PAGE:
The Labyrinth Renaissance

When Paul McCartney wrote "The long and winding road…” he could have been describing a labyrinth.

Unlike a maze, which has dead ends and wrong turns, a labyrinth has a single, winding path from the outside to the centre. It has many twists and curves but you can’t get lost. There are no mistakes, no wrong turns. If you stay on the path you’ll eventually arrive at the centre. It’s often seen as a metaphor for our "life journey.” In other words, life is really just putting one foot in front of the other, and we always have the opportunity to make another choice in life or another turn in the labyrinth.

Labyrinths have been in existence for centuries and today they’re experiencing a renaissance. They’re being built at universities, hospitals, churches, community parks, and in people’s yards. Believed to have first been constructed about A.D. 500, they have continued to offer a connection to a Universal energy. Robert Ferré, director of the St. Louis Labyrinth Project, says, "Walking a labyrinth is another way of tapping into forces beyond our normal conscious mind. It takes us to some ancient part of ourselves, as old as the turning of the planets and stars, as old as the goddess and earth energies, back when night was dark, when people knew the sky and nature was a part of us and we of it. This is something lost in our modern world, and the imbalance that it causes cries out for resolution. That’s why the labyrinth touches so many people so forcefully.”

People around the world are again being drawn to the labyrinth and exploring it as a healing tool. Walking a labyrinth helps your mind and body relax. It’s a place to clear the mind, and a place to receive answers to life’s troubling questions. It’s a place to feel grounded in the present, and a place to walk into the future.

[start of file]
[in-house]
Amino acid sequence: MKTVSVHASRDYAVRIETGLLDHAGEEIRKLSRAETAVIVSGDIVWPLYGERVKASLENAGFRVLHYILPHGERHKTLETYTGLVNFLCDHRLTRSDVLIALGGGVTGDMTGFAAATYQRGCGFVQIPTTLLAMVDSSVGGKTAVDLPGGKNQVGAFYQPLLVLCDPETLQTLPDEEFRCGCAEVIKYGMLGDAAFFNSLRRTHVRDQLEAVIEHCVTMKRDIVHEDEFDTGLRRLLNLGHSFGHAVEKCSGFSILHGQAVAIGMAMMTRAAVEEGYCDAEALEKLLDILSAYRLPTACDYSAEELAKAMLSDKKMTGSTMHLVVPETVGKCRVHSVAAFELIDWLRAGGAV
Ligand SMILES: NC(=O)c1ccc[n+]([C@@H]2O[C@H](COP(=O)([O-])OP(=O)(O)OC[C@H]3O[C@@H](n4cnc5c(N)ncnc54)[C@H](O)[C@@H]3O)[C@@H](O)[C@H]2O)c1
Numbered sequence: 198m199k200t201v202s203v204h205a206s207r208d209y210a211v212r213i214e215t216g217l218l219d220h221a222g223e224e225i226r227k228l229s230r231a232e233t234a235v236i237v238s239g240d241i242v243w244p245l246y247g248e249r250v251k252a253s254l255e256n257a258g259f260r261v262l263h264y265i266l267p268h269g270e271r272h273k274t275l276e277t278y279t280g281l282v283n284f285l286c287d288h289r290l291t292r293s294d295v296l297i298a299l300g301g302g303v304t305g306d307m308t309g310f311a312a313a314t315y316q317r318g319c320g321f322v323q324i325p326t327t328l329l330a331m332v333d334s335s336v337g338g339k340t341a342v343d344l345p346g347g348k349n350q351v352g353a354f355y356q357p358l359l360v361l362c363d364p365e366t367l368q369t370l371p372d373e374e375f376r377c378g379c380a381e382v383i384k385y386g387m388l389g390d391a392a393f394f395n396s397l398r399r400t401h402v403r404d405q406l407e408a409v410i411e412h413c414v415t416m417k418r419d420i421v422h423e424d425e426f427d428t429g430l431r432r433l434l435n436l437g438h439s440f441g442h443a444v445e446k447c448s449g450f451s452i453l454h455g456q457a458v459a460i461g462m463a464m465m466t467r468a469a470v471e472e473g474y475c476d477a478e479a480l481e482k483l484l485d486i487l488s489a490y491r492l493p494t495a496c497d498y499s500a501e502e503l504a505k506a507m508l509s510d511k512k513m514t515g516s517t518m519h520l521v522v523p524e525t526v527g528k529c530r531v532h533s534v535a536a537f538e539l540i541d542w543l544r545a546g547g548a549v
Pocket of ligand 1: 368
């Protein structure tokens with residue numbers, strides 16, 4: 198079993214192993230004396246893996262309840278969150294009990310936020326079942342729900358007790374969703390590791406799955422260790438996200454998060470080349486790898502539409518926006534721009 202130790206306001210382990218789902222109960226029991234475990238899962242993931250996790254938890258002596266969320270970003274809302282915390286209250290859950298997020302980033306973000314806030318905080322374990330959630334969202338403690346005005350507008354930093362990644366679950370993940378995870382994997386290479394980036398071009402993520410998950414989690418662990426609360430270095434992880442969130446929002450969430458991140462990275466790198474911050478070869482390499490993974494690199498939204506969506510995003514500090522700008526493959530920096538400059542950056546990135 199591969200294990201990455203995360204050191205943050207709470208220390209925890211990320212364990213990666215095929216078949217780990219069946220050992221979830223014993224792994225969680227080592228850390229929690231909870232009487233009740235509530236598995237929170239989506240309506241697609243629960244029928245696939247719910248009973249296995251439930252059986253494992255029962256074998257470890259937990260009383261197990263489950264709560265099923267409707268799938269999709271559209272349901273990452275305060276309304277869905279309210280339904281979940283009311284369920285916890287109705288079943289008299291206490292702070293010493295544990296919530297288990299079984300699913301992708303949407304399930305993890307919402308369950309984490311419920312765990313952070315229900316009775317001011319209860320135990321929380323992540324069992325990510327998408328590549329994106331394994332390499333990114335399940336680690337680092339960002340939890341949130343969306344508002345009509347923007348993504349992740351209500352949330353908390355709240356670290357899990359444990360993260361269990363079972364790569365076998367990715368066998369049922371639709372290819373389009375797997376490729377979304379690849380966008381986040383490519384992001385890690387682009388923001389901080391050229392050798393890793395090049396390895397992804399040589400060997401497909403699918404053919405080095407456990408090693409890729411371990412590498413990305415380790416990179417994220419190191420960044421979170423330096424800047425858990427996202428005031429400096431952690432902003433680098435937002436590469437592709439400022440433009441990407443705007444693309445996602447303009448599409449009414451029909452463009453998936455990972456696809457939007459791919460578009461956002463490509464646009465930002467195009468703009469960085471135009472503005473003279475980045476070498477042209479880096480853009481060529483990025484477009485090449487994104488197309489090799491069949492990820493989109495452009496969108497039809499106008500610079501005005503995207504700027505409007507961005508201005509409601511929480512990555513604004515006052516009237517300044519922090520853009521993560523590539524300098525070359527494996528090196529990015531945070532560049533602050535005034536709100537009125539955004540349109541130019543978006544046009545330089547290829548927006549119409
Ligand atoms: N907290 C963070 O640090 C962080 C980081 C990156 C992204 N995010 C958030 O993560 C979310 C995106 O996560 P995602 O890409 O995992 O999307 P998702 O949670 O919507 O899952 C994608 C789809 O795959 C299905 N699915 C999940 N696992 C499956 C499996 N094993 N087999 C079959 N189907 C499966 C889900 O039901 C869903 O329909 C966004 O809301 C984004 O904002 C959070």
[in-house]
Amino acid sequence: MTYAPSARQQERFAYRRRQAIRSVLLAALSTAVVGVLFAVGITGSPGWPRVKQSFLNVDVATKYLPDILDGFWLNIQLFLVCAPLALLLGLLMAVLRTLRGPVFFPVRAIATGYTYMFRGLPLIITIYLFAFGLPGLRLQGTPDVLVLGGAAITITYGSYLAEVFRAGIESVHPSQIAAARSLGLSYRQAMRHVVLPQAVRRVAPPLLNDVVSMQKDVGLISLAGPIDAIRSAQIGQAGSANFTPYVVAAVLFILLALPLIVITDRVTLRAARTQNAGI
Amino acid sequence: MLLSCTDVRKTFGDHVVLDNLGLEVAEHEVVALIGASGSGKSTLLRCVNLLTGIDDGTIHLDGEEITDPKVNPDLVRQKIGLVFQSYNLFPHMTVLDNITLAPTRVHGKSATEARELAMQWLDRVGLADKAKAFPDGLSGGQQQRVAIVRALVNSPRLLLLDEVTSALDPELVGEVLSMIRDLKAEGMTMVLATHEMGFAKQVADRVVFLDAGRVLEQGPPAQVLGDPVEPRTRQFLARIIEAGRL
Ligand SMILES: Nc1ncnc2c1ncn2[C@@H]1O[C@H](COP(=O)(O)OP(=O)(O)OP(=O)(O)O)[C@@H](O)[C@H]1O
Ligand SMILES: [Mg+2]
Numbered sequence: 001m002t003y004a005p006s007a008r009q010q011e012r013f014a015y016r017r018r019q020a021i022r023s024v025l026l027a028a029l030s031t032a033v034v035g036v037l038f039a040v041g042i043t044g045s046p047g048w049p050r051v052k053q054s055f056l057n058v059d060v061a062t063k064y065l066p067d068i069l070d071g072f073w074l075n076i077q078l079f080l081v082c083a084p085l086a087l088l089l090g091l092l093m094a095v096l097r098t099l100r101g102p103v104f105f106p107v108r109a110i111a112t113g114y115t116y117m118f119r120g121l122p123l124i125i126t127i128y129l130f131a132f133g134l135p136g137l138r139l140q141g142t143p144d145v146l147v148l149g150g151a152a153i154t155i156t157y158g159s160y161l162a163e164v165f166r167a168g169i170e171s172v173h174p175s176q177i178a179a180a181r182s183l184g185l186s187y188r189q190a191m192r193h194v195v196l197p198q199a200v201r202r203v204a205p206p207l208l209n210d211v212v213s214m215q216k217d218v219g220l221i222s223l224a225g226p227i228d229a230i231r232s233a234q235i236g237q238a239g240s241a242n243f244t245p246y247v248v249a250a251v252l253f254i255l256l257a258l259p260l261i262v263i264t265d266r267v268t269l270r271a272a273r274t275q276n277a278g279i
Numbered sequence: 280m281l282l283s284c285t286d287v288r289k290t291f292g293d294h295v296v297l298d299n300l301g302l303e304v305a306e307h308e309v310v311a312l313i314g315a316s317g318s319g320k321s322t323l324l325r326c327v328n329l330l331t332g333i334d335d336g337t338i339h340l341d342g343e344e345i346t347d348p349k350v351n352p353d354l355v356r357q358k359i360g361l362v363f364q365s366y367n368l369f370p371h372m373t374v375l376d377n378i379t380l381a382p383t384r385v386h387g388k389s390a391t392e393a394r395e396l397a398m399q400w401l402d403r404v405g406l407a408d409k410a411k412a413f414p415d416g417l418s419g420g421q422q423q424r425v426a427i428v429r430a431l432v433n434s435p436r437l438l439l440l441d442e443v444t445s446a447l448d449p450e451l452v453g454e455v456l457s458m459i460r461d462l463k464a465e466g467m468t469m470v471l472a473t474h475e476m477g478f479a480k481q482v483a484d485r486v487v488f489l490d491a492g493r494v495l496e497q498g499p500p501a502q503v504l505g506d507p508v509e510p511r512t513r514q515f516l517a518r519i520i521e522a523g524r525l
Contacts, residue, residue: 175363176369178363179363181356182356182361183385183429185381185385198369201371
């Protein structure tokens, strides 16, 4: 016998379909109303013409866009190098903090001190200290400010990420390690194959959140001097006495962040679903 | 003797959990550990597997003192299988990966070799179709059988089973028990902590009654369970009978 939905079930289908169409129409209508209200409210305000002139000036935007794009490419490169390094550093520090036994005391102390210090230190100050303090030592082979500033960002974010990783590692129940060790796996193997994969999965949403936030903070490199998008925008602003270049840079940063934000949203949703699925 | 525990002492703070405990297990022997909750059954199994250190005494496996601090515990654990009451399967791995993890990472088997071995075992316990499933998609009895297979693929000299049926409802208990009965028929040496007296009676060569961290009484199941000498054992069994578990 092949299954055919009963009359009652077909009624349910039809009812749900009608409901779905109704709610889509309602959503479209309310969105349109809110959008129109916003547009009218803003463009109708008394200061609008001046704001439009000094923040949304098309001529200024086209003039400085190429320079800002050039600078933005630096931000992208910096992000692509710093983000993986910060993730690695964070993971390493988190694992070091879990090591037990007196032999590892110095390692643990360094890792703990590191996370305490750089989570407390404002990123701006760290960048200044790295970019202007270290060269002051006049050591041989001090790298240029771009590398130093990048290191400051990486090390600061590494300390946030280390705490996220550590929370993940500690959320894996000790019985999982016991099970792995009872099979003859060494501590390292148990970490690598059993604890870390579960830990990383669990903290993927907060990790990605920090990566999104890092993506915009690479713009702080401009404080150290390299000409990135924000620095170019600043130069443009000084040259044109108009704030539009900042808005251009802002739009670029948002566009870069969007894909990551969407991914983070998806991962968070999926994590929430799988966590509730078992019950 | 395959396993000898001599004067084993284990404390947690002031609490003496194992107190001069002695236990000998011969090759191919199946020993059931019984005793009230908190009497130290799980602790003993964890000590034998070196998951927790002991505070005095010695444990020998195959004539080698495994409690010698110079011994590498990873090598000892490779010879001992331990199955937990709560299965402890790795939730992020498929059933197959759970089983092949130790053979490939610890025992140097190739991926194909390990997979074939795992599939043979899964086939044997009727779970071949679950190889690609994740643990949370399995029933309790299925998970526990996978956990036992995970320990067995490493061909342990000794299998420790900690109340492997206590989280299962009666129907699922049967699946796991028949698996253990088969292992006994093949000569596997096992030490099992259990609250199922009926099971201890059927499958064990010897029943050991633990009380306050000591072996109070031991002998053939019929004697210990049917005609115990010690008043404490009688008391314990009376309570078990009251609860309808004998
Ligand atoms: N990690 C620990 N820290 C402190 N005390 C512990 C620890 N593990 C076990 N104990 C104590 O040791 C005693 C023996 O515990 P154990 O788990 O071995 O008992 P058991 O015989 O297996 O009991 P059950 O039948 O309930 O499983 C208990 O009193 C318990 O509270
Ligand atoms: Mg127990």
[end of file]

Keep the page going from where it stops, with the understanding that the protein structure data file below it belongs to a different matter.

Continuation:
People are also being drawn to the labyrinth as a spiritual tool. Those who have difficulty sitting to meditate find the labyrinth a perfect outlet for a moving meditation where they can release the busyness of the day and listen to the still, small voice within.

For centuries, labyrinths have been part of the rituals of many cultures and religions. Today they’re being used as venues for celebrations from the religious to the secular, from rites of passage (birthdays, weddings, anniversaries, renewing of vows, memorials, to celebrations of Earth Day, the Spring and Summer Equinoxes and Valentine’s Day. In fact, the labyrinth can be part of any event that deserves special acknowledgment.

To walk a labyrinth is to explore your connection with Mother Nature, with the Universe, and with your Self.

Linda Magnuson is owner of Kairos Guest Suite in Comox.